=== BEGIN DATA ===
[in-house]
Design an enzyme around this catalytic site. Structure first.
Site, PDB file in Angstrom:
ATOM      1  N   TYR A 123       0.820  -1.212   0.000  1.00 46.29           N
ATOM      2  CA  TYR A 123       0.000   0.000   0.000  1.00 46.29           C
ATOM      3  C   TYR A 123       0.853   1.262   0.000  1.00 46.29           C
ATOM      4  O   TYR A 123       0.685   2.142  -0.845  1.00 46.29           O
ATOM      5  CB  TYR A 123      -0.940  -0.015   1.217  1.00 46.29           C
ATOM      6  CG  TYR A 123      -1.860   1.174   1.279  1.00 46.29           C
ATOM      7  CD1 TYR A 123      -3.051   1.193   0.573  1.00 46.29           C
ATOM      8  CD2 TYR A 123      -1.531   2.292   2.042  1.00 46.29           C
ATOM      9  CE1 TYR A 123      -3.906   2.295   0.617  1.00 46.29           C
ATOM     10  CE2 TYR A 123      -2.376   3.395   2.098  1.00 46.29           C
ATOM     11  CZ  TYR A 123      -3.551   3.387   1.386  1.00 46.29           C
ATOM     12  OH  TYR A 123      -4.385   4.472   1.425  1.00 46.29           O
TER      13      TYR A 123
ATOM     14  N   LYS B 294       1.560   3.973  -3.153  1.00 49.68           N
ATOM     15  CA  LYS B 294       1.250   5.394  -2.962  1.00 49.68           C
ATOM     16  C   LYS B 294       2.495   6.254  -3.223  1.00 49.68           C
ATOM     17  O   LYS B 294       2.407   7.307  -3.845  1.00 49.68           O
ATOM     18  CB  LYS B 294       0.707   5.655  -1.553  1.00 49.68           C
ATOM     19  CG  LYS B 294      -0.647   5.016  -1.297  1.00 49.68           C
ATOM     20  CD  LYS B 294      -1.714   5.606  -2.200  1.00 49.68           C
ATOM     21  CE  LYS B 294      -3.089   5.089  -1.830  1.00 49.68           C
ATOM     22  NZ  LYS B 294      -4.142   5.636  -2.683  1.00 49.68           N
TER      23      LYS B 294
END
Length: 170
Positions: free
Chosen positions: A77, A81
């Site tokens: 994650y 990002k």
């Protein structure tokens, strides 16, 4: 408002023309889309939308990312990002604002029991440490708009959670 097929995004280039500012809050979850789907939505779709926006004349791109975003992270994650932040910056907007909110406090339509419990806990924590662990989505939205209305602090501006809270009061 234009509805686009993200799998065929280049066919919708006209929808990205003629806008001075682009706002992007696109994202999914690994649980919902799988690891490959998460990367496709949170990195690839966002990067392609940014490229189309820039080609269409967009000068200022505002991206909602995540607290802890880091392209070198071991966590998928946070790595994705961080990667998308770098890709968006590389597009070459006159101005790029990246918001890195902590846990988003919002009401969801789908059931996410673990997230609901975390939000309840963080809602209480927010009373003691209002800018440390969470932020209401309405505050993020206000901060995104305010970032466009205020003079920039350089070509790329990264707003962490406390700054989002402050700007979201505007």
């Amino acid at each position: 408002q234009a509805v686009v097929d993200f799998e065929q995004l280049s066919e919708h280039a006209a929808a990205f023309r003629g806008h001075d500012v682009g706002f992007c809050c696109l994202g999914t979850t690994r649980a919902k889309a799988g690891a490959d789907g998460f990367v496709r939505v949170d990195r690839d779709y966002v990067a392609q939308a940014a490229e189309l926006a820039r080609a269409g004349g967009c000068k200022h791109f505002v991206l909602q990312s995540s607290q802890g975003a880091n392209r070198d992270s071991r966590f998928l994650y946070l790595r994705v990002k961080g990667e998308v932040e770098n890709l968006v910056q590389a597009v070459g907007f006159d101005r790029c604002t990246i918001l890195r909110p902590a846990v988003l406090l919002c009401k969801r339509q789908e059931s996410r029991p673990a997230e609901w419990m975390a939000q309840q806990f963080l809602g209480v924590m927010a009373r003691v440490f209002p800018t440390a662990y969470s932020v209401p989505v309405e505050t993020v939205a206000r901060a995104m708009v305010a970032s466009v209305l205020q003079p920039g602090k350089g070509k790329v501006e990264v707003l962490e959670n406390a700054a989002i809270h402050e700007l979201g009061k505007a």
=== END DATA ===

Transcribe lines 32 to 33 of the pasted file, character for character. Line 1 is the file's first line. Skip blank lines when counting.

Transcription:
């Protein structure tokens, strides 16, 4: 408002023309889309939308990312990002604002029991440490708009959670 097929995004280039500012809050979850789907939505779709926006004349791109975003992270994650932040910056907007909110406090339509419990806990924590662990989505939205209305602090501006809270009061 234009509805686009993200799998065929280049066919919708006209929808990205003629806008001075682009706002992007696109994202999914690994649980919902799988690891490959998460990367496709949170990195690839966002990067392609940014490229189309820039080609269409967009000068200022505002991206909602995540607290802890880091392209070198071991966590998928946070790595994705961080990667998308770098890709968006590389597009070459006159101005790029990246918001890195902590846990988003919002009401969801789908059931996410673990997230609901975390939000309840963080809602209480927010009373003691209002800018440390969470932020209401309405505050993020206000901060995104305010970032466009205020003079920039350089070509790329990264707003962490406390700054989002402050700007979201505007």
């Amino acid at each position: 408002q234009a509805v686009v097929d993200f799998e065929q995004l280049s066919e919708h280039a006209a929808a990205f023309r003629g806008h001075d500012v682009g706002f992007c809050c696109l994202g999914t979850t690994r649980a919902k889309a799988g690891a490959d789907g998460f990367v496709r939505v949170d990195r690839d779709y966002v990067a392609q939308a940014a490229e189309l926006a820039r080609a269409g004349g967009c000068k200022h791109f505002v991206l909602q990312s995540s607290q802890g975003a880091n392209r070198d992270s071991r966590f998928l994650y946070l790595r994705v990002k961080g990667e998308v932040e770098n890709l968006v910056q590389a597009v070459g907007f006159d101005r790029c604002t990246i918001l890195r909110p902590a846990v988003l406090l919002c009401k969801r339509q789908e059931s996410r029991p673990a997230e609901w419990m975390a939000q309840q806990f963080l809602g209480v924590m927010a009373r003691v440490f209002p800018t440390a662990y969470s932020v209401p989505v309405e505050t993020v939205a206000r901060a995104m708009v305010a970032s466009v209305l205020q003079p920039g602090k350089g070509k790329v501006e990264v707003l962490e959670n406390a700054a989002i809270h402050e700007l979201g009061k505007a």